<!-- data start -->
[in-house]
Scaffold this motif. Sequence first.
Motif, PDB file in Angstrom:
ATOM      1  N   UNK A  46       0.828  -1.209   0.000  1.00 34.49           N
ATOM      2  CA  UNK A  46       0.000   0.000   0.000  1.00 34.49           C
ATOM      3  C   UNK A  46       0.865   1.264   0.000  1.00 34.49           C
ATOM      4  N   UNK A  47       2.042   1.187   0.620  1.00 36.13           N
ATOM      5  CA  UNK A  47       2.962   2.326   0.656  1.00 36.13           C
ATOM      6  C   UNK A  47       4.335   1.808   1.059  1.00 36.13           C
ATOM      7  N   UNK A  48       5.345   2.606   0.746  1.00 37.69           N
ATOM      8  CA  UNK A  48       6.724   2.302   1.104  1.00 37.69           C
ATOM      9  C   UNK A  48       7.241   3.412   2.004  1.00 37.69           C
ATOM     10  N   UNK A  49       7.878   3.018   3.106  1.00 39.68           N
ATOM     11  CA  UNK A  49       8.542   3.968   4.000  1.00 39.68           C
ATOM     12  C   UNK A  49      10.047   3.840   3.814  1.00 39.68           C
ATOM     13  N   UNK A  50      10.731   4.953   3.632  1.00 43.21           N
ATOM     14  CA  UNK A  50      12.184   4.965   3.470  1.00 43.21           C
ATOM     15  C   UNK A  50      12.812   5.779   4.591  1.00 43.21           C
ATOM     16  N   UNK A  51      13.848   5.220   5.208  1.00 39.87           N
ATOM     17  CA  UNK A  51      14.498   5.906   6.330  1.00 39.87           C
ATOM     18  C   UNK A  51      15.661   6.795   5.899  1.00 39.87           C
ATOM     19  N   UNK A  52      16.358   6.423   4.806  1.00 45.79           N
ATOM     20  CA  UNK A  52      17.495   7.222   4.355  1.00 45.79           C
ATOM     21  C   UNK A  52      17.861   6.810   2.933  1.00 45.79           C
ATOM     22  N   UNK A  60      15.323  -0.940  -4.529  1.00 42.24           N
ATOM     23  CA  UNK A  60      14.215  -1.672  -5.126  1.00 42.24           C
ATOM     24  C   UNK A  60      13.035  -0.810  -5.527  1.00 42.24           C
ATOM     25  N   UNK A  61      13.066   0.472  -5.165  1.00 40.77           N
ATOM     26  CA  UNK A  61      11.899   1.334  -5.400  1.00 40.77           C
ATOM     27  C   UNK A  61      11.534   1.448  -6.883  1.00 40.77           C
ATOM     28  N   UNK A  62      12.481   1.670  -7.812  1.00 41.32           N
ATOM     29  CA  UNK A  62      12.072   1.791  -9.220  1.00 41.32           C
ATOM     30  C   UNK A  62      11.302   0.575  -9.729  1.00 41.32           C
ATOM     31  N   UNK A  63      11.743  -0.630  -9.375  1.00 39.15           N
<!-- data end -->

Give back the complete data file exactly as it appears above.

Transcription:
[in-house]
Scaffold this motif. Sequence first.
Motif, PDB file in Angstrom:
ATOM      1  N   UNK A  46       0.828  -1.209   0.000  1.00 34.49           N
ATOM      2  CA  UNK A  46       0.000   0.000   0.000  1.00 34.49           C
ATOM      3  C   UNK A  46       0.865   1.264   0.000  1.00 34.49           C
ATOM      4  N   UNK A  47       2.042   1.187   0.620  1.00 36.13           N
ATOM      5  CA  UNK A  47       2.962   2.326   0.656  1.00 36.13           C
ATOM      6  C   UNK A  47       4.335   1.808   1.059  1.00 36.13           C
ATOM      7  N   UNK A  48       5.345   2.606   0.746  1.00 37.69           N
ATOM      8  CA  UNK A  48       6.724   2.302   1.104  1.00 37.69           C
ATOM      9  C   UNK A  48       7.241   3.412   2.004  1.00 37.69           C
ATOM     10  N   UNK A  49       7.878   3.018   3.106  1.00 39.68           N
ATOM     11  CA  UNK A  49       8.542   3.968   4.000  1.00 39.68           C
ATOM     12  C   UNK A  49      10.047   3.840   3.814  1.00 39.68           C
ATOM     13  N   UNK A  50      10.731   4.953   3.632  1.00 43.21           N
ATOM     14  CA  UNK A  50      12.184   4.965   3.470  1.00 43.21           C
ATOM     15  C   UNK A  50      12.812   5.779   4.591  1.00 43.21           C
ATOM     16  N   UNK A  51      13.848   5.220   5.208  1.00 39.87           N
ATOM     17  CA  UNK A  51      14.498   5.906   6.330  1.00 39.87           C
ATOM     18  C   UNK A  51      15.661   6.795   5.899  1.00 39.87           C
ATOM     19  N   UNK A  52      16.358   6.423   4.806  1.00 45.79           N
ATOM     20  CA  UNK A  52      17.495   7.222   4.355  1.00 45.79           C
ATOM     21  C   UNK A  52      17.861   6.810   2.933  1.00 45.79           C
ATOM     22  N   UNK A  60      15.323  -0.940  -4.529  1.00 42.24           N
ATOM     23  CA  UNK A  60      14.215  -1.672  -5.126  1.00 42.24           C
ATOM     24  C   UNK A  60      13.035  -0.810  -5.527  1.00 42.24           C
ATOM     25  N   UNK A  61      13.066   0.472  -5.165  1.00 40.77           N
ATOM     26  CA  UNK A  61      11.899   1.334  -5.400  1.00 40.77           C
ATOM     27  C   UNK A  61      11.534   1.448  -6.883  1.00 40.77           C
ATOM     28  N   UNK A  62      12.481   1.670  -7.812  1.00 41.32           N
ATOM     29  CA  UNK A  62      12.072   1.791  -9.220  1.00 41.32           C
ATOM     30  C   UNK A  62      11.302   0.575  -9.729  1.00 41.32           C
ATOM     31  N   UNK A  63      11.743  -0.630  -9.375  1.00 39.15           N